We choose to go to the moon. We choose to go to the moon in this decade and
do the other things, not because they are easy, but because they are hard,
because that goal will serve to organize and measure the best of our energies
and skills, because that challenge is one that we are willing to accept, one we
are unwilling to postpone, and one which we intend to win …
— President John F. Kennedy, address at Rice University, Sept. 12, 1962
President Kennedy’s words almost 50 years ago unleashed a torrid wave of research, development and innovation that catapulted the United States to the forefront of technological advancement, which is impacting our everyday lives even today.
If you’re reading this post on a mobile device or on your computer, you are utilizing some of the technology created during the “space race” of the 1960s. If you microwaved your breakfast this morning or used GPS to navigate the traffic on your commute, you used some of the technology inspired by President Kennedy’s words.
In his State of the Union address, President Obama invoked the can-do American spirit that fueled the most rapid innovation and development in human history to inspire Americans and American businesses to employ the same fervor of the space race to a new race — the race to energy independence. President Obama called for the development of new technologies that will create domestically produced renewable and clean energy sources, advancements in biotechnologies to cure disease and a new innovation economy that will put Americans to work to “win the future.” By referencing this as a “Sputnik moment,” President Obama essentially issued a technology call-to-arms in hopes of inspiring American business to lead the way — as they did in the 1960s.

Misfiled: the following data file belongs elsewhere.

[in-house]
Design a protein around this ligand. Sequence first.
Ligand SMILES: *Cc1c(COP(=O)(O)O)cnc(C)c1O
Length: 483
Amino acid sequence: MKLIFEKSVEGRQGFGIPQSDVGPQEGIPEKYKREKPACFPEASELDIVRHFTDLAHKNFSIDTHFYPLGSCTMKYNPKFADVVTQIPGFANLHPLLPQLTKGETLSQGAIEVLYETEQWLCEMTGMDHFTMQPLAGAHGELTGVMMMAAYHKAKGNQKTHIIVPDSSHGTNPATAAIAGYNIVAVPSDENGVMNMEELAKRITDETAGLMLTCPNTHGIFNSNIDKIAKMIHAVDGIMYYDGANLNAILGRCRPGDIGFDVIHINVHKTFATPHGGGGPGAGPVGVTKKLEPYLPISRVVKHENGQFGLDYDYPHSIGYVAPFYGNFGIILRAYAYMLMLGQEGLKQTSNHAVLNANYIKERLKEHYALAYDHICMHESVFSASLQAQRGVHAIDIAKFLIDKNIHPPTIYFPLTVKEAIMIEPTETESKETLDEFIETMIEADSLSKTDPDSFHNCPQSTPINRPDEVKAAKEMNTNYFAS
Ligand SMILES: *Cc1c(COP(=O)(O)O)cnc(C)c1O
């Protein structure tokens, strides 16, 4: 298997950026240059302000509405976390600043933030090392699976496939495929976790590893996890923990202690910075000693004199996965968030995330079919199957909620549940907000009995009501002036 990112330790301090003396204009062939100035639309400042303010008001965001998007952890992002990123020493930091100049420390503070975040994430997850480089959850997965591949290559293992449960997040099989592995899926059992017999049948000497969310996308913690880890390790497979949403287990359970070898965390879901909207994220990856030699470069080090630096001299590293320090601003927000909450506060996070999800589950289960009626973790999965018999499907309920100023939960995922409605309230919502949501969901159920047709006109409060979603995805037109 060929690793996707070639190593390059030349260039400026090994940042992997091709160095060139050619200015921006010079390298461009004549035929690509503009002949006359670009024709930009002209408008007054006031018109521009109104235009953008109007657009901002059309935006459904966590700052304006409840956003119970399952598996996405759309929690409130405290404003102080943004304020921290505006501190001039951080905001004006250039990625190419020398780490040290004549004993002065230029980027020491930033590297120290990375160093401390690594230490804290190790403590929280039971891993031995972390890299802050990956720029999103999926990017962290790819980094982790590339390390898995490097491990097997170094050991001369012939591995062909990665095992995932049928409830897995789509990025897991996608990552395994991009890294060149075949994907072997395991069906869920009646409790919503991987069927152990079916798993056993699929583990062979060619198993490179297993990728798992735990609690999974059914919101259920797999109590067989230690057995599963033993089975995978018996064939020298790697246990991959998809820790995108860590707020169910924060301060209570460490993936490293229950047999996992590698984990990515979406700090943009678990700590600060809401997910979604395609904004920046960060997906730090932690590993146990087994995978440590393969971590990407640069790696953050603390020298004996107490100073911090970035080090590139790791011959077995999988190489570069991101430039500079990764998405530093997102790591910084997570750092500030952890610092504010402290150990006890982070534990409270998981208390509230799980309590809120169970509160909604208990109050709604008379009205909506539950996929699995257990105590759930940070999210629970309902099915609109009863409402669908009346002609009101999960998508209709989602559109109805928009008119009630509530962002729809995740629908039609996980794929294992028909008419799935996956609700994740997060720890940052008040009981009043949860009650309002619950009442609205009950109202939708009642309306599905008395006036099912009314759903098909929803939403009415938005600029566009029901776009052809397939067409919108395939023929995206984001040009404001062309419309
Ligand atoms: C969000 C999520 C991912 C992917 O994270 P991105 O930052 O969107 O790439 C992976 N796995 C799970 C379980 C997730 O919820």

What was business’s response? The U.S. Chamber of Commerce said: “Mr. President, no, we can’t.”
See, the Chamber thinks that President Obama’s vision for a clean-energy future is “wholly unrealistic.” They say that they prefer preserving the Big Oil Welfare Tax that provides $4 billion annually in taxpayer subsidies to the highly profitable big oil industry even as their profits skyrocket (one company reported a 72 percent increase in profits this week). They say that we shouldn’t use that money instead to fund research and development on clean energy technologies that will enhance our national security by reducing our dependence on oil even as gas prices creep closer to $4 per gallon.
That’s right; the U.S. Chamber wants you to continue paying subsidies to Big Oil while you continue to pay more and more to Big Oil at the gas pump because moving to cleaner sources of energy to fuel our vehicles and power our homes is simply too hard for America.
Imagine where the U.S. would be, or what your life would be like, if, the U.S. Chamber of Commerce and other business leaders said President Kennedy’s call for leadership in innovation was “unrealistic.”
The Chamber’s position is completely counter to the spirit of entrepreneurship that is the foundation for America’s “can-do” attitude. They think we should just sit by and watch as China, India and other competitors outpace us in clean-energy innovation. Taking the U.S. Chamber’s position on clean energy to its full extent, they’d probably be OK with changing the name of our country to the “United States of American’t.” Thankfully, President Obama, as President Kennedy did 50 years ago, thinks otherwise.
David Di Martino is CEO of Blue Line Strategic Communications Inc. The views expressed in this blog are his and do not necessarily represent Blue Line’s. Follow David: @bluelinedd.